Salt, Poole community play, Lighthouse

AFTER my mother died, I inherited a little oil painting of a sailing vessel. I knew it from my parents’ house but had never looked on the back of it (why would I?) When I did, I found a typed note with the story of the boat and of my great-great grandfather, who had sailed from Poole to fish the Grand Banks off Newfoundland. It was during the 19th century rural depression and there was little or no work in Dorset and Somerset. He contracted TB and died out in Newfoundland.

This previously unknown (to me) family story has inevitably given me a special interest in the connections between Dorset and Canada’s easternmost province. Through the researches of local author Roger Guttridge and musician and oral historian Tim Laycock, I have learned a lot, and I was fascinated to discover more in Salt, Poole’s first ever community play, staged in promenade style in the Lighthouse concert hall, with scenes also played around the town centre during the day.

Dorset’s own inventive Angel Exit Theatre company produced the play, which was written by Stephanie Dale, who also wrote this year’s (Covid-delayed) Dorchester community play. The Poole production involved hundreds of local people, 12 Newfoundlanders (by Zoom), as well as professional actors, musicians and creatives and 125 students of Arts University Bournemouth who made the wonderful costumes. With the total backing of Lighthouse chief executive Elspeth McBain and her team, and funding and support from Historic England, the Arts Council, the Heritage Lottery, the Talbot Village Trust, Poole BID, Activate and BCP Council, the production played to sell-out houses for four nights.

The story begins and ends at the old Antelope Hotel, where in 1681, Captain Storey calls for women to join fishermen on a North Atlantic fishing expedition, with the intention of settling the “new found land.” We get to know some of the women who volunteered (some fleeing abusive husbands or fathers, some just looking for husbands or freedom) and some of the hard-bitten men who had made such perilous voyages before.

With a large chorus of sea spirits/wind spirits/fish spirits, striking puppets and simple sets representing the Antelope Inn and Poole Harbour, the ship and the fragile first settlement, the action moved around the huge concert hall floor, with music and singing, composed by Tim Laycock, much of it drawing on traditional sea shanties and folk songs from Dorset that made their way to Canada.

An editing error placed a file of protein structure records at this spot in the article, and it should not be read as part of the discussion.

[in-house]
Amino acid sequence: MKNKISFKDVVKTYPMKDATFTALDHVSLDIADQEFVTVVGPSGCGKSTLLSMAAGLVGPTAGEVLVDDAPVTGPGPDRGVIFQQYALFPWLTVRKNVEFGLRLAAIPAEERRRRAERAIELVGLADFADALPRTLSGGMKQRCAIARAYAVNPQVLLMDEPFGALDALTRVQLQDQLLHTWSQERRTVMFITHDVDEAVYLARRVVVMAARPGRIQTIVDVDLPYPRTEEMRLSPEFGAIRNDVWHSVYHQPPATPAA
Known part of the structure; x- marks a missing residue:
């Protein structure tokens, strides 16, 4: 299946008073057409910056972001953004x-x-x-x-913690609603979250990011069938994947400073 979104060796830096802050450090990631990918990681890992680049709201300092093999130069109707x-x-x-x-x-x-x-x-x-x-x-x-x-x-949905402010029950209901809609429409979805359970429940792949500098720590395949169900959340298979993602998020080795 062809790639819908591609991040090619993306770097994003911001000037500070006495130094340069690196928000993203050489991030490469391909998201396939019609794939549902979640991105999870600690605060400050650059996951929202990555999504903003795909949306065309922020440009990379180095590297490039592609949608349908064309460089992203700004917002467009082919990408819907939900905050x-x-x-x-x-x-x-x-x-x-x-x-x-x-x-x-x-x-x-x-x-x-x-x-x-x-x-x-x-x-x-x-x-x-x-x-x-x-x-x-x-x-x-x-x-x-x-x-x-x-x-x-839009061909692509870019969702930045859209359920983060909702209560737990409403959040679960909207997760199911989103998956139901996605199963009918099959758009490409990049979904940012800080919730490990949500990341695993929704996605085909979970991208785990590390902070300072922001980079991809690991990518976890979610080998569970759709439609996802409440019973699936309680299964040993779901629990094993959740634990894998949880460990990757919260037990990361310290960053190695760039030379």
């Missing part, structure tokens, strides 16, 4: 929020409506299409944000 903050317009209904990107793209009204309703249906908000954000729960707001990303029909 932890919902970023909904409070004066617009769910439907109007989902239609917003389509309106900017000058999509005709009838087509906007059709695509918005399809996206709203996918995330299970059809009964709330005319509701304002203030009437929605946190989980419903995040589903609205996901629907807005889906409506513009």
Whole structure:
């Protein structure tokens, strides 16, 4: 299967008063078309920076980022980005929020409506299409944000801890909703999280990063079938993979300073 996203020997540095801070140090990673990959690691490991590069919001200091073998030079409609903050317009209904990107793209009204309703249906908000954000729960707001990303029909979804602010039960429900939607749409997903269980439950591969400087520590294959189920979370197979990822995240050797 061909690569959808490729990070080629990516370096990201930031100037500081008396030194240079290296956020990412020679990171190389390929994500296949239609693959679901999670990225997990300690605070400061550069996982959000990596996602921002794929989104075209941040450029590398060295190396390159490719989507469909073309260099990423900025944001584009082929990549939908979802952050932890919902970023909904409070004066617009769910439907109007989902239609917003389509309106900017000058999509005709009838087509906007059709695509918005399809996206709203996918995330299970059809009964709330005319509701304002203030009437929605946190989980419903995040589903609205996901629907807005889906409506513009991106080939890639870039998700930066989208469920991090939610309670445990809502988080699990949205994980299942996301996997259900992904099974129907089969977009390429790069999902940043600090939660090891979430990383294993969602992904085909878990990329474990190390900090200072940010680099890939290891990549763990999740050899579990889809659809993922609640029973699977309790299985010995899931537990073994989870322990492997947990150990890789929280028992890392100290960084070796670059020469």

It is an exciting and moving show, capturing the danger, the horror, the fear, the occasional joy and the brutal, relentless, hard work – the women are making and mending nets, and gutting, salting and drying the cod as the men fish and fight off French fishermen who are constantly cutting the English nets. There are moments of high drama – a violent tempest at sea, a devastating fire in the settlement – and of deep emotion, including a tender romance between a young mother and a seaman who saves her baby from the fire.

For those who took part in the promenade performance, the complicated story became clear after a fairly short time, although it was often difficult to hear the actual words – the second half had a clearer narrative line and was generally much easier to follow. But for those who were sitting, it was often impossible to see what was happening and there were real problems with hearing the dialogue. Raked seating would have helped, as would better use of microphones – the concert hall is a vast space, well suited to music from heavy metal to classical, but acoustically very difficult for the spoken word.

There was also a 21st century thread involving a small group of obviously talented young people and it was difficult to see how this tied in to the main story – it may have suggested the insecurity of life and work today (as in the late 17th century), and also perhaps referred to the way over-fishing drove the once-massive cod stocks to the edge of extinction in the North Atlantic.

However, these concerns aside, this was a triumph – and as a first community play, it was a remarkable achievement. Dorchester, with its seven community plays, has learned a lot about staging and how to position seated audiences as well as allowing for the movement of promenaders.

This was a first for Poole and for Elspeth and the Lighthouse team. Working with such experienced and talented professionals as Lynne Forbes and Tamsin Fessey of Angel Exit, the huge company created a work that will remain long in the memory of all those who saw it, and perhaps even more so in the hearts of all those who took part. As one of those involved in the production said to us afterwards, the process for the community is almost as important as the experience of the audience.


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